So, overall, stoked. The book will be out in less than a month, and then you can voraciously consume it, because you won't be able to put it down (patented glue covers ensure that).
I have been goofing off on trying to get Father of Malice into agents' hands, so I guess I could be doing that instead of posting this.
*Also, I laughed when the review said the opening is scatalogical. There is a little bit of shit in the first three chapters. It's funny I didn't really notice until someone else pointed it out.
April 19, 2017, 1:01 am
"Scorpion," a TV series, is ostensibly about the smartest man ever recorded, with something like a 190 IQ.
Maybe, but whoever writes the series has more like a 19 IQ.
I will say this: My IQ has been tested numerous times, and my average score was enough that I can confidently say: IQ scores are (how should I say this...? Ummm) bullshit.
IQ, which stands for intelligence quotient, is about as much a measure of intelligence as a quarter pounder at McDonald's is a measure of levels of sound.
The IQ tests administered in complete sincerity simply measure knowledge, not intelligence.
Anyway, Scorpion acts like being smart is a disease. Like smart people need to be treated differently, because their brains are so focused on physics that they can't be bothered to process social interactions or interpersonal relations. And it's complete bullshit.
There is no universal code saying smart people have to be socially awkward.
Intelligence cannot possibly be measured. How can a smart person say being good at thinking is any more valid than John Elway being able to look over the backs of an offensive line and read the pattern of a potential defensive movement? Or a garbage man knowing exactly where to throw the black Hefty bag to maximize the efficiency of the truck on which he's hanging? True intelligence is immeasurable. The really smart guy discovered how to make fire, how to construct a wheel. Or to make a shelter out of leaves and branches. Humanity has survived to this point because brilliant people solved fundamental problems involved with making sure evolution continued for our species.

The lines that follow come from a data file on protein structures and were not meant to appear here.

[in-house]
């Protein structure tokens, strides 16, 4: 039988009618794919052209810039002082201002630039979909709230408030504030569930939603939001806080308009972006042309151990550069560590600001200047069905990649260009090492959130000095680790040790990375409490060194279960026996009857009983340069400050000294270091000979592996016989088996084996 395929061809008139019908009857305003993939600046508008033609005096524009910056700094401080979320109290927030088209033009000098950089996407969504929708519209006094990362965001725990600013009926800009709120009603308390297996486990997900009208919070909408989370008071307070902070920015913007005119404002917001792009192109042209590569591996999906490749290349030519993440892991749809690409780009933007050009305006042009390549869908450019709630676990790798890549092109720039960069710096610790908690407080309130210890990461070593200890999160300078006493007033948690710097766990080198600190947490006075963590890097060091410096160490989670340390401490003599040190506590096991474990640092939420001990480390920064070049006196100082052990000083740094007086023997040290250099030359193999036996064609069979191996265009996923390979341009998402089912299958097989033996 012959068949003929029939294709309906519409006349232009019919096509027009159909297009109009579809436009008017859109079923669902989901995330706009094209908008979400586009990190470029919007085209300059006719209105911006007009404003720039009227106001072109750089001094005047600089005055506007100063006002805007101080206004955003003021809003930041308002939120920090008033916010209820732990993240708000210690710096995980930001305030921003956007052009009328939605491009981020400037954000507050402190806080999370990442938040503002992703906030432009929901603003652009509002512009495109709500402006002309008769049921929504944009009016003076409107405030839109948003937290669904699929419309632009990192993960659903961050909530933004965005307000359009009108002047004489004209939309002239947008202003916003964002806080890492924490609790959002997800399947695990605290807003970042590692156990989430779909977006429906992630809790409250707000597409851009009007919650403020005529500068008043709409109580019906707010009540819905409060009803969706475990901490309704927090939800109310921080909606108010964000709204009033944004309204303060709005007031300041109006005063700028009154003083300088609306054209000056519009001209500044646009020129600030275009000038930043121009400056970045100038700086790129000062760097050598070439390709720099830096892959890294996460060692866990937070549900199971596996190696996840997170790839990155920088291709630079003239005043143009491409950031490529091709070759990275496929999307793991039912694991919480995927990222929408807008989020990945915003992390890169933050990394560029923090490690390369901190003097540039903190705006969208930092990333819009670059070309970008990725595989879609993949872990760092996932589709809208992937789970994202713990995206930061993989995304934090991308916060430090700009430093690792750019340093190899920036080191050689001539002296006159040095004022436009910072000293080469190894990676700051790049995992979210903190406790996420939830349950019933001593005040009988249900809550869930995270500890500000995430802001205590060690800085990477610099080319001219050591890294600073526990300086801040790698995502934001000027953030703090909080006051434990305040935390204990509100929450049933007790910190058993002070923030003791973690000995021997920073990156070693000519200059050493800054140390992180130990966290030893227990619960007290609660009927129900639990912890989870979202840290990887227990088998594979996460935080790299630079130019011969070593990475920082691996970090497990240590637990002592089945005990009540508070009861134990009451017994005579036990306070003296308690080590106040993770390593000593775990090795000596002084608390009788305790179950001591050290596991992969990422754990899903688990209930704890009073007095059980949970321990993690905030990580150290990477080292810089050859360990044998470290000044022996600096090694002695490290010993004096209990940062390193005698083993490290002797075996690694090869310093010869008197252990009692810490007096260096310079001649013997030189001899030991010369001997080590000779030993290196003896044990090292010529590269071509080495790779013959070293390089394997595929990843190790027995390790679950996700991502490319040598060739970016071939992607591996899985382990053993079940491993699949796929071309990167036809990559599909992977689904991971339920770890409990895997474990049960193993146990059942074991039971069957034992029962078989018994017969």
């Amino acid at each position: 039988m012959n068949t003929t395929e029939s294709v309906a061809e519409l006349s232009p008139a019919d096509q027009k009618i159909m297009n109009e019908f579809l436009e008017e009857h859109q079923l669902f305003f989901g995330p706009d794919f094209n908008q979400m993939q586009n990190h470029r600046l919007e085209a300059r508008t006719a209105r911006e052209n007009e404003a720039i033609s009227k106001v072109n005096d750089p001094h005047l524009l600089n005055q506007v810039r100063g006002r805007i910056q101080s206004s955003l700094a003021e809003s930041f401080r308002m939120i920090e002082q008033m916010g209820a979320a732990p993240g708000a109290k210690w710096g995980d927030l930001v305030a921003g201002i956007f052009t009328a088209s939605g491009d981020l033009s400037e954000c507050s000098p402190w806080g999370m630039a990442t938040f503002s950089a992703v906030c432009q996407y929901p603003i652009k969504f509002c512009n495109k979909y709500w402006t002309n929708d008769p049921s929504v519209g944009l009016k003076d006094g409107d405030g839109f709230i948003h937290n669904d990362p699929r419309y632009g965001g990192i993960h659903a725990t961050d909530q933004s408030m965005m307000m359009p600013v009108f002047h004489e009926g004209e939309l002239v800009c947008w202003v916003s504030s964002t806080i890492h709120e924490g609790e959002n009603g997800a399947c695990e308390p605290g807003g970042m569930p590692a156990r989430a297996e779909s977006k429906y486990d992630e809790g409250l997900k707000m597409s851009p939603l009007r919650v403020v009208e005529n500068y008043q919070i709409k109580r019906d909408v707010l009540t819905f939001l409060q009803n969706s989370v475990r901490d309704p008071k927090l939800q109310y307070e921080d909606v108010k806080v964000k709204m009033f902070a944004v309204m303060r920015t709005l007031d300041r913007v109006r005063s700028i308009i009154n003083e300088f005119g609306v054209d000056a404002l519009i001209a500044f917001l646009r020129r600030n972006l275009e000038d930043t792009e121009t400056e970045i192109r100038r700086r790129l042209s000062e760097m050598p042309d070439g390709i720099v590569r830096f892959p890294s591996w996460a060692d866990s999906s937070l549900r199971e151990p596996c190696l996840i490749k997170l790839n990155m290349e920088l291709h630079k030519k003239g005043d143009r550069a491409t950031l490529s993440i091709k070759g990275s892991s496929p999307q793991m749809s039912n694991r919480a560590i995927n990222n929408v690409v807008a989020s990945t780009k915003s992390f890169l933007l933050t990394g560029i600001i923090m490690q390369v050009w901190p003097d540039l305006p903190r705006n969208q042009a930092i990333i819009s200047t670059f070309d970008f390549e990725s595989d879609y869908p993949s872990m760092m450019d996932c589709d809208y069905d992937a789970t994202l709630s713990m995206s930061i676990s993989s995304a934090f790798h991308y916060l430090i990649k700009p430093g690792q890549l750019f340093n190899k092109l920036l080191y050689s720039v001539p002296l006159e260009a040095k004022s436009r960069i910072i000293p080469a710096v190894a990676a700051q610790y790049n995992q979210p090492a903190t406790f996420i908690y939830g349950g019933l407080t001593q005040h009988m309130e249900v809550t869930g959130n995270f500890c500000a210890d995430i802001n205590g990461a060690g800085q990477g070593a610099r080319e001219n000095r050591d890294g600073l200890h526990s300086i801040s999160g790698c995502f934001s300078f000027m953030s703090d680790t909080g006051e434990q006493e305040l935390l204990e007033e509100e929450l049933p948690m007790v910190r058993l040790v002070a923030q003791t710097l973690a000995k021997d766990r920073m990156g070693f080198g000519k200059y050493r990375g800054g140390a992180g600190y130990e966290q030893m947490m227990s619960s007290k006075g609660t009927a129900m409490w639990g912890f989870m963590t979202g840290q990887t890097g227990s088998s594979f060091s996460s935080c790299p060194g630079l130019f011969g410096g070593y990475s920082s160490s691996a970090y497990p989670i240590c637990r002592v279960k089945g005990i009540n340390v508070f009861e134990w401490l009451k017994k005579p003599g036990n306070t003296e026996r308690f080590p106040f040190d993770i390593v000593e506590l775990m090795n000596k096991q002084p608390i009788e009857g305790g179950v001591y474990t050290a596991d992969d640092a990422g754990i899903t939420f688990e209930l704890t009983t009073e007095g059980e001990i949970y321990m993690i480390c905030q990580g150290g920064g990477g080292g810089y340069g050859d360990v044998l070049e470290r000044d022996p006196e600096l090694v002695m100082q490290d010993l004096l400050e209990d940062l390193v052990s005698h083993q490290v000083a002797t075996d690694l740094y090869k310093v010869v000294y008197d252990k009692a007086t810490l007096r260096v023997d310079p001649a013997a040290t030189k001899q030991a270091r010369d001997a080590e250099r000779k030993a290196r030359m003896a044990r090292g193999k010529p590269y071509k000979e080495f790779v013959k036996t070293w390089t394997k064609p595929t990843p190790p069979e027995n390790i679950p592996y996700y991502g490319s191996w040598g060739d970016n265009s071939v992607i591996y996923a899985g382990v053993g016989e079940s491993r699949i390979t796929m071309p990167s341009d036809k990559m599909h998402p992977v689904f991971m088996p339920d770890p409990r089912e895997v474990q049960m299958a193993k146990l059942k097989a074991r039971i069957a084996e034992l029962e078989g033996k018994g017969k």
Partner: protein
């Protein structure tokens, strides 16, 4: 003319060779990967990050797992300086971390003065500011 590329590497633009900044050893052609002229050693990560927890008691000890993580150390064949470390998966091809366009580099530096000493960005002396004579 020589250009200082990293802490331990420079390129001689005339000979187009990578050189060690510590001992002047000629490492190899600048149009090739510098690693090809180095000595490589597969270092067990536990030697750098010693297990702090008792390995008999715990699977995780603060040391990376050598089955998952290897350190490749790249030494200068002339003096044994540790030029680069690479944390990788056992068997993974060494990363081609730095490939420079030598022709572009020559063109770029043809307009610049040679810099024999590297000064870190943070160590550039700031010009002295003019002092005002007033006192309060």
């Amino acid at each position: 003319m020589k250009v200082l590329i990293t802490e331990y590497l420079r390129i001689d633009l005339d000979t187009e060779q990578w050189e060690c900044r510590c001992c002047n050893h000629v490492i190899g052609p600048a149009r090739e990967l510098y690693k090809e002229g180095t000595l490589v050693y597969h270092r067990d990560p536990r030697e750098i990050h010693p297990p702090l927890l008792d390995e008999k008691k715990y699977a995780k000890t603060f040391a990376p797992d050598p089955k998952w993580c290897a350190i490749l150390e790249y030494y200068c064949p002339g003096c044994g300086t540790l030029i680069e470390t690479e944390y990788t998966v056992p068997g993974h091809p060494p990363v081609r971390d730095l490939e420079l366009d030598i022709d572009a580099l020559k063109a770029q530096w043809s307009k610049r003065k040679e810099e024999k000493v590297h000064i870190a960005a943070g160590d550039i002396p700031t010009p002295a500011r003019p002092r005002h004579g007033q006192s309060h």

Again, the point is this: Smart people are everywhere, even when we're thinking disdainfully about the people whose brains are much bigger than ours. I knew a guy who had mastered calculus in the seventh grade, yet today, he's delivering packages for a parcel service. But who the hell am I to tell him that's not a career a smart guy would choose?
I said all that to say this: Scorpion is absolute bullshit. There are plenty of smart people who are absolutely normal socially. My son Axl is one of them. He could read when he was 18 months old. But put him around his athletic cousins and he's just a regular guy, punching, laughing, throwing balls and being a regular kid.
Smart is relative. It's easy. Being a well-rounded person? Not so much. Neither has to be mutually exclusive. Smart people can be socially normal, and socially normal people can be smart. I, for one, am glad we live in a world where Scorpion is one-dimensional, because real smart people are everywhere, and they don't have to act like nerds to prove it.
Plus, the show's situations are just stupid. Some Bulgarian hackers take over the United States' entire defensive network, seize control of jets in the air, making them dogfight each other. They even somehow manage to take control of the jets' ejection seats so the pilots can't get out. Then the hackers take control of a bunch of Navy destroyers, positioning them at the "four corners" of the continental US, and only the intrepid smart people in Scorpion can stop them, by using a stud finder to reprogram one of the planes' computers as it careens toward earth above them. I shit you not. And then the other smart guy uses Play Doh to coat his hands as he grabs onto a cable in an elevator shaft and jumps 30 stories to the ground to avoid the blast from a cruise missile launched at him because the Bulgarian hackers were mad that he was trying to un-hack them.
And those are the BEST parts of the plot. Don't even make me describe the tandem love-triangle plots between the nerds and their inexplicably attractive love interests.
Bah. But I do love the irony in the idea that the stupidest show on TV is about the smartest guy in the world.
April 18, 2017, 12:00 am
That headline might be a bit extreme.
I dunno if I've ever mentioned this, but I am a 32nd-degree Freemason.
Let me back up. I joined Freemasonry in 2009 for a very specific purpose: I wanted to go through all the secret rituals to see if Freemasons did indeed worship the devil, as conspiracy theorists have since the 1700s claimed.
Spoiler alert: No, they don't.